WASHINGTON—March 31 was Equal Pay Day, showing—this time—that woman workers “who are on the frontlines” of the coronavirus battle are still being shorted in pay compared to men, their top congressional advocate said.
And that goes for all other woman workers, too, adds Rep. Rosa DeLauro, D-Conn., who has pushed legislation for more than a dozen years to help right that wrong.
Equal Pay Day symbolizes how far past last year and into the current one it takes for the median working woman’s wage to finally equal last years’ median wage for a man with similar qualification and experience. This year, it fell on March 31, as the median working woman’s wage for all of 2019 was 82 cents for every median man’s dollar.
That’s a slight increase from prior years, when working women earned medians ranging, depending on who was doing the counting, from 77 cents to 82 cents per man’s dollar. The median is where half the group is above it and half below.
“Women earn, on average, 82 cents for every dollar that a man makes,” DeLauro said in a podcast. “And that gender pay gap is even bigger for women of color. That is wrong.”
“Women’s work needs to be valued the same as men’s—especially as we deal with the coronavirus pandemic. Two-thirds of low wage workers are women, and their work is essential today and every day. Women are disproportionately on the frontlines as healthcare workers, food service workers, grocery store cashiers, and caregivers. Our country owes them equal pay for equal work.”
“The solution is simple: Women and men in the same job deserve the same pay,” she declared.
There’s a second solution, though DeLauro did not mention it: Unionize.
Though there is still a pay gap between union men and union women, it’s not the chasm women as a class face. And union contracts’ pay scales don’t discriminate on the basis of sex, even if workers’ bosses do.
The Bureau of Labor Statistics reported earlier this year the median weekly wage of unionized working men in 2019 was $1,147, while the median wage of unionized women was $1,018, or 88.8%. The non-union figures were: Men $986 weekly, women $792, for a 20% difference in favor of the men.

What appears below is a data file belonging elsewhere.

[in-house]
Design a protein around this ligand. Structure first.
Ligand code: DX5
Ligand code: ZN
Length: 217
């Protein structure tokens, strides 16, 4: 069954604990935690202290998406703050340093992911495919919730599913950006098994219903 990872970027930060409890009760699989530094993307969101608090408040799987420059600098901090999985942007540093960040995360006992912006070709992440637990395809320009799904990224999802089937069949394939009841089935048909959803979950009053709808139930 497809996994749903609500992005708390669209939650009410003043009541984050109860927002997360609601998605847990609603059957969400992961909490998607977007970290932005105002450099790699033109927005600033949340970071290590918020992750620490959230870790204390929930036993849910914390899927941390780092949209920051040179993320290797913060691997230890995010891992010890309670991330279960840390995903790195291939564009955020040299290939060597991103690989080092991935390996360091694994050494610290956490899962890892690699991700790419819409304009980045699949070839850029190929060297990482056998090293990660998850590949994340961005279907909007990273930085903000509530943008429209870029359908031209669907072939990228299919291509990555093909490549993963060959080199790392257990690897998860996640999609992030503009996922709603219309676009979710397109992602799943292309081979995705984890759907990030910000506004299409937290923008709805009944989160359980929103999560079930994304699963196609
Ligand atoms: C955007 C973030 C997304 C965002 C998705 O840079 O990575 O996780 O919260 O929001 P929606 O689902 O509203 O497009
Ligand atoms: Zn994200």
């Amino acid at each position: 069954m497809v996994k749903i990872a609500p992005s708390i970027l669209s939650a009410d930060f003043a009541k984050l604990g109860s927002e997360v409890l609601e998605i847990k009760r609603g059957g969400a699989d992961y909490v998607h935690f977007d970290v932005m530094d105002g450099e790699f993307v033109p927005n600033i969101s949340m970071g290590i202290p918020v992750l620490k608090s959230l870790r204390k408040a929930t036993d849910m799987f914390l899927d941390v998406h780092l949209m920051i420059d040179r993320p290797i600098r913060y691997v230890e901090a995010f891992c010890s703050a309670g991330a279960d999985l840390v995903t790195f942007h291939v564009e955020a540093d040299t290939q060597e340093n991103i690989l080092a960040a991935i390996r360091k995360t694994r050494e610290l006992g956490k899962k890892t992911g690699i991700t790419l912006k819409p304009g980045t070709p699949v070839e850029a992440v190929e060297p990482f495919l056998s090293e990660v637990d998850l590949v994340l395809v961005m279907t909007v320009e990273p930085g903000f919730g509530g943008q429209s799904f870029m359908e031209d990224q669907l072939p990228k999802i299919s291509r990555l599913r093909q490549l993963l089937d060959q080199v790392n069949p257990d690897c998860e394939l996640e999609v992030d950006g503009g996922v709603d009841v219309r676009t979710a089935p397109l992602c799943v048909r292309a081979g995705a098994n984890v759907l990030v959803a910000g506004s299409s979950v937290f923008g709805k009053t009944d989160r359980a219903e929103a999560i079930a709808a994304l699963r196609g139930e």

The Democratic-run U.S. House passed DeLauro’s measure to close the pay gap, the Paycheck Fairness Act, more than a year ago. But it’s one of more than 400 House-passed measures Senate Majority Leader Mitch McConnell, R-Ky., has pigeonholed. He calls them all “socialism.”
The National Women’s Law Center said the situation is even worse than DeLauro portrays. It notes women are two-thirds of the workers who earn $12 per hour or less—and many of them are home health care aides, child care workers, and grocery cashiers, all of whom must come to work, regardless of the coronavirus epidemic.
The median pay for a woman child care worker, NWLC said, is $22,000 per year. A male child care worker with the same qualifications and experience earns $5,000 (23%) more.
The woman workers are also more likely to be canned due to closures from the coronavirus pandemic, NWLC noted. Women are 70% of restaurant servers, and their median wage gap with men was $6,000 yearly. “The gender wage gap leaves them with fewer resources to weather the storm,” and other woman workers are in the same boat, NWLC added.
“Low-paid workers are disproportionately women of color, and for them, they will need to work several additional months—past today—in order to make what a white, non-Hispanic man earned last year because they face a combined gender and racial wage gap. Black Women’s Equal Pay Day will land on August 13 this year, and Latinas will need to work until October 29 to catch up to white, non-Hispanic men’s earnings in 2019,” NWLC calculated.
Another pro-worker woman’s group, the National Committee for Pay Equity, using slightly different figures, calculated Latina Pay Equity Day this year will be Nov. 2. Though NCPE didn’t say so, that’s the day before Election Day.
“This pandemic has made clear that we have long undervalued the essential work done by women in low-paid jobs—and now these women and their families are feeling the harsh effects of a gender wage gap that shortchanges them at a moment when they can least afford it,” said NWLC Vice President Emily Martin.
“These women are getting hit the hardest by this public health crisis—and because of the gender wage gap, too many don’t have the nest egg that would make a big difference to them and their families as they’re given shorter schedules or suddenly laid off as businesses shut down. This crisis should be a wake-up call for policymakers to ensure that we finally value the work that women do.”